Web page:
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Study: Feminizing STEM Role Models Turns Off Girls

The push to promote more "feminine" role models for science, technology, engineering and math fields—think computer engineer Barbie with her pink laptop—may backfire with middle school girls, according to a new study published in Social Psychological and Personality Science.

The study comes in an already-grim week for girls in STEM. Among multiple closing science achievement gaps in the latest results of the National Assessment of Educational Progress, the gap between boys' and girls' average scores widened from four points in 2009 to five points in 2011. In states like Mississippi, Pennsylvania and West Virginia, the gender gap swelled to eight points.

That's still small compared to the 20-to-30-point gap between white students and their black and Hispanic peers, or the equally large divide in performance between wealthy and poor students. However, while both girls and boys performed on average at the "basic" level on the NAEP (149 for girls versus 154 for boys in 2011), there were twice as many boys as girls nationally performing at the highest level in science (2 percent versus 1 percent, respectively).

Any way you slice it, that's disappointing news for the educators and STEM advocates who have been trying to coax more girls to enter science fields. Many recent programs have tried to do so by promoting more women role models in STEM fields; for example, the American Association for the Advancement of Science has papered its recent conferences with posters of women scientists. University of Michigan psychology researchers Diana E. Betz and Denise Sekaquaptewa have found that might be a trickier approach than it seems.

In the first experiment, 144 6th and 7th grade girls read articles about three successful female university students. In some cases these were overtly "girly," wearing pink clothes and make-up and saying they like to read fashion magazines, while in other cases the students wore dark clothes and glasses and simply said they liked to read. The role models also either were specifically described as successful in a STEM field, math, engineering or biochemistry, or were reported as generally successful—for example called a "freshman star."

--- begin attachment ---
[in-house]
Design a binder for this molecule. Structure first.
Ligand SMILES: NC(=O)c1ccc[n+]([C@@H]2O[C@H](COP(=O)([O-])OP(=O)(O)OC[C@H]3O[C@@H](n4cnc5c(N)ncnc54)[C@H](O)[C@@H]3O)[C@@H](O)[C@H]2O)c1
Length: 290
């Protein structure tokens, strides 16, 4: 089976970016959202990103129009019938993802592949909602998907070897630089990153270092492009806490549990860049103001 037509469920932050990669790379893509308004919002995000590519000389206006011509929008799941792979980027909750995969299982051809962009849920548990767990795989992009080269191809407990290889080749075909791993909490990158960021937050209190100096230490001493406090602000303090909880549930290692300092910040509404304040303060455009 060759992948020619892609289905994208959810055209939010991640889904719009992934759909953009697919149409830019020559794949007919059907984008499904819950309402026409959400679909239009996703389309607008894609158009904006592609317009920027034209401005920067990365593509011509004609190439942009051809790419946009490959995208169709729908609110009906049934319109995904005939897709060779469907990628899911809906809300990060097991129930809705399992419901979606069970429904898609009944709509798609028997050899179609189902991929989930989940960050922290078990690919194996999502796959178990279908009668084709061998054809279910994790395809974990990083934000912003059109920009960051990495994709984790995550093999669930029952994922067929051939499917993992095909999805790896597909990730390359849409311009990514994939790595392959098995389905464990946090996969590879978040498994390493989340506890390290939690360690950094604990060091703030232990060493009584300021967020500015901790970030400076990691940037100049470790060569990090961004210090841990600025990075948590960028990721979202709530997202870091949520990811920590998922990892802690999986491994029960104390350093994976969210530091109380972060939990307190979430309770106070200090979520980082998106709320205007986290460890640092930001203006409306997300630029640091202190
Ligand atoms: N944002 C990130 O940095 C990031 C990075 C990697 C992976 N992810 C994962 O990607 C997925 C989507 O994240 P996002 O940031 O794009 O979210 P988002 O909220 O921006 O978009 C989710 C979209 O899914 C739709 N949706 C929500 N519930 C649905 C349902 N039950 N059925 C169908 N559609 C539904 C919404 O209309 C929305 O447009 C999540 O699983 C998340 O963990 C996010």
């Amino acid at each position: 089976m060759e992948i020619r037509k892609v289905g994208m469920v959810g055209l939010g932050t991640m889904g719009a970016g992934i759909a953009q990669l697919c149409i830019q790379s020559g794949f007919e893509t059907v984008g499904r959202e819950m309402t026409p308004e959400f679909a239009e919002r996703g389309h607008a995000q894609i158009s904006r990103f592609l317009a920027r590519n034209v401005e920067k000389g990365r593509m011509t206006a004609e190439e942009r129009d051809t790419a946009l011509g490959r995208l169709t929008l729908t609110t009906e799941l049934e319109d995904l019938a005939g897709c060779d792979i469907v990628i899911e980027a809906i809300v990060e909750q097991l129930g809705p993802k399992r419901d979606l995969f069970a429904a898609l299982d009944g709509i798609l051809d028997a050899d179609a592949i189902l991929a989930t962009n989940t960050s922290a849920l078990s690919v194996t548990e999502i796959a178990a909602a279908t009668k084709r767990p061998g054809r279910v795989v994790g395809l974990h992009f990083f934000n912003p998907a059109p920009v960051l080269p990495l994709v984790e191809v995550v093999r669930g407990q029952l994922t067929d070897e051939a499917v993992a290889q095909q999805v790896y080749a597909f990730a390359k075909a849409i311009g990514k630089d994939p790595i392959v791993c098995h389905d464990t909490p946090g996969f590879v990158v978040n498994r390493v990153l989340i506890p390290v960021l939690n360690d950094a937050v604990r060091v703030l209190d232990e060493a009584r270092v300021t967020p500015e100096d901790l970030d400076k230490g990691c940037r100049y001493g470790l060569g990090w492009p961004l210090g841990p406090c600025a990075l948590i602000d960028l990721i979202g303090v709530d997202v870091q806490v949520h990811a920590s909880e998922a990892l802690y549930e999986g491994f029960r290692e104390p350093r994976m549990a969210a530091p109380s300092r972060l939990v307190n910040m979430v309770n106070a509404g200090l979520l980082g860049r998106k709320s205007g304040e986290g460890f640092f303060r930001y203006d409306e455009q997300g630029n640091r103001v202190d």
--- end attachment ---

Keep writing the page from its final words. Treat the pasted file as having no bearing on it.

The researchers found girls who read about the overtly female role models actually reduced the students' reported interest, perceived ability and future expectations in math, and they showed less interest in taking math classes in high school and college than girls who read about role models in more neutral clothing or with non-STEM-specific achievements.

The second study, of 42 6th and 7th grade girls, repeated the prior experiment but first identified how much they liked science and how strongly the girls believed women could be both feminine and successful in STEM careers. The researchers found girls who already disliked science or felt disconnected from it were even more likely to reject the feminine STEM role model than girls who liked science already.

"Submitting STEM role models to Pygmalion-style feminine makeovers," the researchers concluded, "may do more harm than good. A more fine tuned approach is needed to benefit girls with different levels of STEM interest and to protect current STEM self-concepts."

Previous research has suggested that drawing students' attention to sharp gender differences, such as the pink clothes and fashion magazines, may exacerbate students' gender biases. However, in an email, Betz and Sekaquaptewa said that they don't think that's the problem in this case. Rather, they believe the cognitive clash of two gender stereotypes—images of a successful feminine woman and a successful scientist—can convince girls who already feel disconnected from science that they will never measure up to "counter-stereotypic success."

"The bottom line, though, is that this research suggests that we don't need to make role models or STEM fields 'girly' to motivate girls," they told me. "Instead, we should turn to what we already know makes a helpful role model. Girls have to feel like they can relate to or identify with the female scientists they see and learn about. ... Female role models should also be shown as actively involved in science rather than passive observers or tokens: show women really using equipment and conducting research. Teaching girls about what scientists and engineers really do, and especially highlighting their social usefulness and communal aspects, has been found to be motivating for girls."

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